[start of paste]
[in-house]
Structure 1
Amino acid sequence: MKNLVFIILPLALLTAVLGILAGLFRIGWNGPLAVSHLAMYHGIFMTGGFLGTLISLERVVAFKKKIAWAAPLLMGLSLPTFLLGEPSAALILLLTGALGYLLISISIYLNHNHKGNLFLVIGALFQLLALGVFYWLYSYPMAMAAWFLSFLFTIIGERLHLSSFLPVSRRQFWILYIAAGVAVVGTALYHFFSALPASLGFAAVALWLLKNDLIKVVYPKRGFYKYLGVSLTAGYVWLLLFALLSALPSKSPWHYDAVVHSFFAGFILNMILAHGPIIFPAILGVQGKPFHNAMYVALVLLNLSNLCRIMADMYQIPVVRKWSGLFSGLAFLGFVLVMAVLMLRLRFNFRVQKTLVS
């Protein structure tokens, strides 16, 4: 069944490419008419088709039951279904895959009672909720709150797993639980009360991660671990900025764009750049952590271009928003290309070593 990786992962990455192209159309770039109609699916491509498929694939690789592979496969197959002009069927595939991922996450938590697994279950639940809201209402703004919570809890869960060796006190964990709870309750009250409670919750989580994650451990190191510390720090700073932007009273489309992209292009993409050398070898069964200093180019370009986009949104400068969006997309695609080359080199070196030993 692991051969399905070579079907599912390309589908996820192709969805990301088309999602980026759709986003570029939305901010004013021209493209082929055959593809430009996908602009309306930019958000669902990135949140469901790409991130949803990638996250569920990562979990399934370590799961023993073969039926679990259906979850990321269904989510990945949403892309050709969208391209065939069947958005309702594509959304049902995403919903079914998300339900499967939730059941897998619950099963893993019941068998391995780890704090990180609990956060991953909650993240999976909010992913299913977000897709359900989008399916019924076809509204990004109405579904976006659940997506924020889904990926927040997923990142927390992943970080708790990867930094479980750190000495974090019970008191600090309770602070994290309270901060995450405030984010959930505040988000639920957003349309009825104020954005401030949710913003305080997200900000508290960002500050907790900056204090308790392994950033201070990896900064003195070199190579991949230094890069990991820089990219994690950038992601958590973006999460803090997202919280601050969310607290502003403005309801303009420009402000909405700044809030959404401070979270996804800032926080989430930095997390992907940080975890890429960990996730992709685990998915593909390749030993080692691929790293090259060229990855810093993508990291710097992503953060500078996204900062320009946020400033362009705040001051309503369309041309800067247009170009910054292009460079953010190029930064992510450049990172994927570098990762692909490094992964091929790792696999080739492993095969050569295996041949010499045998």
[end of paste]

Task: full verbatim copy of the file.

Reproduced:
[in-house]
Structure 1
Amino acid sequence: MKNLVFIILPLALLTAVLGILAGLFRIGWNGPLAVSHLAMYHGIFMTGGFLGTLISLERVVAFKKKIAWAAPLLMGLSLPTFLLGEPSAALILLLTGALGYLLISISIYLNHNHKGNLFLVIGALFQLLALGVFYWLYSYPMAMAAWFLSFLFTIIGERLHLSSFLPVSRRQFWILYIAAGVAVVGTALYHFFSALPASLGFAAVALWLLKNDLIKVVYPKRGFYKYLGVSLTAGYVWLLLFALLSALPSKSPWHYDAVVHSFFAGFILNMILAHGPIIFPAILGVQGKPFHNAMYVALVLLNLSNLCRIMADMYQIPVVRKWSGLFSGLAFLGFVLVMAVLMLRLRFNFRVQKTLVS
């Protein structure tokens, strides 16, 4: 069944490419008419088709039951279904895959009672909720709150797993639980009360991660671990900025764009750049952590271009928003290309070593 990786992962990455192209159309770039109609699916491509498929694939690789592979496969197959002009069927595939991922996450938590697994279950639940809201209402703004919570809890869960060796006190964990709870309750009250409670919750989580994650451990190191510390720090700073932007009273489309992209292009993409050398070898069964200093180019370009986009949104400068969006997309695609080359080199070196030993 692991051969399905070579079907599912390309589908996820192709969805990301088309999602980026759709986003570029939305901010004013021209493209082929055959593809430009996908602009309306930019958000669902990135949140469901790409991130949803990638996250569920990562979990399934370590799961023993073969039926679990259906979850990321269904989510990945949403892309050709969208391209065939069947958005309702594509959304049902995403919903079914998300339900499967939730059941897998619950099963893993019941068998391995780890704090990180609990956060991953909650993240999976909010992913299913977000897709359900989008399916019924076809509204990004109405579904976006659940997506924020889904990926927040997923990142927390992943970080708790990867930094479980750190000495974090019970008191600090309770602070994290309270901060995450405030984010959930505040988000639920957003349309009825104020954005401030949710913003305080997200900000508290960002500050907790900056204090308790392994950033201070990896900064003195070199190579991949230094890069990991820089990219994690950038992601958590973006999460803090997202919280601050969310607290502003403005309801303009420009402000909405700044809030959404401070979270996804800032926080989430930095997390992907940080975890890429960990996730992709685990998915593909390749030993080692691929790293090259060229990855810093993508990291710097992503953060500078996204900062320009946020400033362009705040001051309503369309041309800067247009170009910054292009460079953010190029930064992510450049990172994927570098990762692909490094992964091929790792696999080739492993095969050569295996041949010499045998």